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Personality Disorders

Personality Disorders

"Robert" was a charmer. Everyone who met him agreed he had a great personality, was confident and seemed to be able to make things happen. The fact that he was also good looking didn't seem to hurt either. Yes, everyone loved Robert - until they got to know him. He drew people to him like flies to honey, but didn't have a single long term friend. In fact he'd never been able to maintain a long-term relationship of any kind, moving on as soon as things were no longer going his way. He ran away from personal challenge, so had never been able to hold a job for long either. But to hear him speak, you could be forgiven for thinking that he was successful at everything he turned his hand to. He was so convincing that he had come to believe the things that he told others. He saw the world in fairly black and white terms: he deserved everything good, bad things belonged to somebody else and he was interested in other people as long as they were meeting his needs. If they were hurt in the process, that was part of their stuff and nothing to do with him.

What Does A Personality Disorder Look Like?

Because of his initial attractiveness, it's not easy to realise that "Robert" is in fact suffering from a personality disorder - narcissism. Unlike some forms of mental illness, personality disorders are harder to spot because the individual affected, often appears to carry on with life with some degree of success. It is only a closer look that lets us see that there are certain extreme and rigid patterns of thinking and behaving at work. For example, in Robert's case, his belief that life should always give him exactly what he wanted, allowed him to abandon a string of partners (and children) when, from his point of view, the demands of those relationships outweighed the benefits. It also meant that he saw things such as child support as unnecessary, since he didn't gain anything from it.

Broadly speaking, personality disorders fall into three various categories:

  • Odd or eccentric
  • Dramatic, overly emotional or unpredictable
  • Anxious and fearful

Common Categories:

  • Paranoid - the person displays high levels of mistrust and suspicion.
  • Antisocial - an absolute disregard for the needs, wants, boundaries and rights of others.
  • Histrionic - characterised by displays of excessive and constantly changing emotion and chronic attention seeking. (Most commonly found in females.)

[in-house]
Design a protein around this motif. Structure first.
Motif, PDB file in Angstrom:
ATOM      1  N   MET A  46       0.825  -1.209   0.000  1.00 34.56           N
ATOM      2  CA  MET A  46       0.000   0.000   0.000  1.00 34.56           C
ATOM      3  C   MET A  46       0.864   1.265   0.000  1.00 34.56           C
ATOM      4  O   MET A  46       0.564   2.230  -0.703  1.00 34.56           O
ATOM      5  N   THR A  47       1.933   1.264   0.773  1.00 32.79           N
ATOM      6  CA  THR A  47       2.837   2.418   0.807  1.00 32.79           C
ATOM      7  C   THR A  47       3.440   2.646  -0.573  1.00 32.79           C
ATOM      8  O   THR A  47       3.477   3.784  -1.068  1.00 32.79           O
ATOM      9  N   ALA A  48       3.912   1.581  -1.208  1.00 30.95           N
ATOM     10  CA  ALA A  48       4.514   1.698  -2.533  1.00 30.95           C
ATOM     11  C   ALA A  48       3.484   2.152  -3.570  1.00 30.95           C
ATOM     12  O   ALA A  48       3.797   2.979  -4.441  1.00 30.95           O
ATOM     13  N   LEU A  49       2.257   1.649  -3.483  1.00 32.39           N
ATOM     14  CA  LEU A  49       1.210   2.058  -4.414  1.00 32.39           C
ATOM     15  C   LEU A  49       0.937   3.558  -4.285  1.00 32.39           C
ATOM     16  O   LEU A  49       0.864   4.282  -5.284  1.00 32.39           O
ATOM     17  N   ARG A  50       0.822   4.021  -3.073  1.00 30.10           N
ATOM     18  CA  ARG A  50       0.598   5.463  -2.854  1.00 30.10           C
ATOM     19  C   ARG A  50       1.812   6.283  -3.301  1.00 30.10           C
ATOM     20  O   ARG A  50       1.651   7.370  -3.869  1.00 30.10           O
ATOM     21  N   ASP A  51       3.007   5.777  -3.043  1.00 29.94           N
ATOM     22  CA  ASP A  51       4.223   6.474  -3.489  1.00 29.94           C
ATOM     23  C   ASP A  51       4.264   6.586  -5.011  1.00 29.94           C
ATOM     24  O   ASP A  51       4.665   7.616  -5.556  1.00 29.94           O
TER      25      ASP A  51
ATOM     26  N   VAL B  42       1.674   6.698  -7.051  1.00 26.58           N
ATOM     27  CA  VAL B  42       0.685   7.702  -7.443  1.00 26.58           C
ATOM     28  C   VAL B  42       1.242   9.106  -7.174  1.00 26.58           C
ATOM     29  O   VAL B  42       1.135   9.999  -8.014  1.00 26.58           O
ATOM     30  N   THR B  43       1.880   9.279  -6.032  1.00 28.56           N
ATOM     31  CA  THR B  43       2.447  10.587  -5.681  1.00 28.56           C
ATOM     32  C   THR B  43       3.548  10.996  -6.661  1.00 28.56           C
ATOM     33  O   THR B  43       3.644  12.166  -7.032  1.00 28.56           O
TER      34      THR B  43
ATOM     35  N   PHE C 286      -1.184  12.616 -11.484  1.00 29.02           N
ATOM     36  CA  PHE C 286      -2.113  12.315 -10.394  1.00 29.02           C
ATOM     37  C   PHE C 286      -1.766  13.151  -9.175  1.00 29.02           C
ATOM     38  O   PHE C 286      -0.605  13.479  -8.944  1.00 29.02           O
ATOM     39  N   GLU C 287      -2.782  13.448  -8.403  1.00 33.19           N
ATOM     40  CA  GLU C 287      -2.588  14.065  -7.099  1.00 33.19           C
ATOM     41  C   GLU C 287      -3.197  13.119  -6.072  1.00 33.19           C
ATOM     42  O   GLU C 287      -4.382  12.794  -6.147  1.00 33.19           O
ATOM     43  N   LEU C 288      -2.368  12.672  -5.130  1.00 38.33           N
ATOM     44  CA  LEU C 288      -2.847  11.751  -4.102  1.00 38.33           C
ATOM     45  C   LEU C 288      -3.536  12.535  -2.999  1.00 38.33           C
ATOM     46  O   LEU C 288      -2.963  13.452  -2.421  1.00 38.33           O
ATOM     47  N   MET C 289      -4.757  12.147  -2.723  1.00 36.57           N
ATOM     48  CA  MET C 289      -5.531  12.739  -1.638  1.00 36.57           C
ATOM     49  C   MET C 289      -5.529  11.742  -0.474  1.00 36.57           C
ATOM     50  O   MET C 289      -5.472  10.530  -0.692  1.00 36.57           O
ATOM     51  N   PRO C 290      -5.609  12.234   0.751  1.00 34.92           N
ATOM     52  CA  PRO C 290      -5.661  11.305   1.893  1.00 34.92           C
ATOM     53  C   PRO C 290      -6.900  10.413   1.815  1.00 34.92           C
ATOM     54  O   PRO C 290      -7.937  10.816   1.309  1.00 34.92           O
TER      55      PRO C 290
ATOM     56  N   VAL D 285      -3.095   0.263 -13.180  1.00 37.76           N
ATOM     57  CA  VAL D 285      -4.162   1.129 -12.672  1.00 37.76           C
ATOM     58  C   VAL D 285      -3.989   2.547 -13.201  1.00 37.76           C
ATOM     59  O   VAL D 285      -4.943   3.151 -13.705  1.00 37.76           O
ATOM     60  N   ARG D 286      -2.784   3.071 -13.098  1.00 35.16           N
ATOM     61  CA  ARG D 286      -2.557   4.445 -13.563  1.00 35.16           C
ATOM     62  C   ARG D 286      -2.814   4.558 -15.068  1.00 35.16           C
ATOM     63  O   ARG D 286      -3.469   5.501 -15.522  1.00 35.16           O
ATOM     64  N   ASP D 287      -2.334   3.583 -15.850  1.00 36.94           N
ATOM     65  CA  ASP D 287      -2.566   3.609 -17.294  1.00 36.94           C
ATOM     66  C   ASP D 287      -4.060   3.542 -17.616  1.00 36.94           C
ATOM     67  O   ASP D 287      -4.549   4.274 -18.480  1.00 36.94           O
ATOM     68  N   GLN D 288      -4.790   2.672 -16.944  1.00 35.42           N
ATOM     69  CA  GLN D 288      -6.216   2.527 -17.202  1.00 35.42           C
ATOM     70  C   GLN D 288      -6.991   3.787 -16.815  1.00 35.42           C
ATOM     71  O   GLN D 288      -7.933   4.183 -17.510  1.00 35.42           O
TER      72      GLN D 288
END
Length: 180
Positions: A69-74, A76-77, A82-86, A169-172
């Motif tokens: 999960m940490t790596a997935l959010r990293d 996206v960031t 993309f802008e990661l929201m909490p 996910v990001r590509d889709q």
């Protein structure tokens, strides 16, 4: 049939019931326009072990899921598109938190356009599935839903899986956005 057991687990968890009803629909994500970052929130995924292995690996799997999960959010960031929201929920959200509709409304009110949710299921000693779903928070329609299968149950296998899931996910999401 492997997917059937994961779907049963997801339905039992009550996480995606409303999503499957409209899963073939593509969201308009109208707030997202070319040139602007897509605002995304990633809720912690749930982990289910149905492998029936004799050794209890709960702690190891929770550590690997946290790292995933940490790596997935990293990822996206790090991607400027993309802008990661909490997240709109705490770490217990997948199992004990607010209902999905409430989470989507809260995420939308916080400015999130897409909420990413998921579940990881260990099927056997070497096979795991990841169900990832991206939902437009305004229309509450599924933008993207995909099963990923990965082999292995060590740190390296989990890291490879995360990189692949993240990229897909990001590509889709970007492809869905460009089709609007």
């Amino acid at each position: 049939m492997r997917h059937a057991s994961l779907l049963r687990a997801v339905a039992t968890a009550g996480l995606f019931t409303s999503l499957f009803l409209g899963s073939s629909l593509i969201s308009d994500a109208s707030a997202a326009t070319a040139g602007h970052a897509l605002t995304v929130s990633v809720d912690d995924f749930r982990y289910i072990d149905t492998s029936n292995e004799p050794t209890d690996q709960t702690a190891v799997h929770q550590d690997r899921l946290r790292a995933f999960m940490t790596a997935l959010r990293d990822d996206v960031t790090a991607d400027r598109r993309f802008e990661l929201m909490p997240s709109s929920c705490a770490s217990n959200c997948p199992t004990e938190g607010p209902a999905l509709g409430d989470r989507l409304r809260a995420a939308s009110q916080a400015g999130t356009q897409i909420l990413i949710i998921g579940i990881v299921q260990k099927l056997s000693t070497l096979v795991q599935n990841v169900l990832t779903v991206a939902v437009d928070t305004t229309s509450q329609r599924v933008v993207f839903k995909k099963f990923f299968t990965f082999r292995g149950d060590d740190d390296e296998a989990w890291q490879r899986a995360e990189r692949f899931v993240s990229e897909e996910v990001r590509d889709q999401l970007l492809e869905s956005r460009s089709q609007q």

• Schizoid/schizotypal - marked by the individual's limited emotional display and their inability/reluctance to form attachments with others.
  • Narcissism - typically shows a greatly inflated sense of self-worth, craves admiration, but completely lacks the ability to see the world through anyone else's eyes. (Most commonly found in males).
  • Avoidant - sufferers are highly introverted, hypersensitive and easily hurt or offended.
  • Dependent - evidenced by clingy / possessive behaviour, a deep fear of abandonment / rejection and a strong need to be taken care of.
  • Obsessive Compulsive - characterised by an overwhelming preoccupation with order, perfection and maintaining control.
  • Borderline - sometimes misdiagnosed as bipolar, these individuals are highly unstable, demonstrate huge mood swings and poor impulse control, have a significant fear of abandonment and may be suicidal.

Despite these many variations, there are also several characteristics which personality disorders have in common.

  • There are certain elements of the person's thinking and behaving which are extreme and inflexible and do not appear to be influenced by reason or logic.
  • These same thoughts and actions cause major distress and disruption to the individual and to relationships with those closest to them.
  • Personality disorders generally begin in childhood and are often triggered by trauma, abuse or neglect.
  • Personality disorders often exist in tandem with substance abuse or addictions.

How Can Counselling Help?

Working with a trained counsellor can be effective not only for the individual who is living with a personality disorder, but for those in their support network, family and friends. Education can better equip people to understand the disorder and position them to make helpful choices. Priority is given to managing self harm and thoughts of suicide. As well as helping individuals to learn new ways of responding to people and situations.

Living with a personality disorder can leave you feeling very isolated and misunderstood. At Point of Change Counselling, you will receive the time, support and attention which can help you towards better management of your unique challenges.

If you need support with a personality disorder, contact Alli at Point Of Change Counselling to make an appointment.

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The information on this website is intended for general information only. For help, diagnosis, or treatment of specific issues, please see a mental health professional.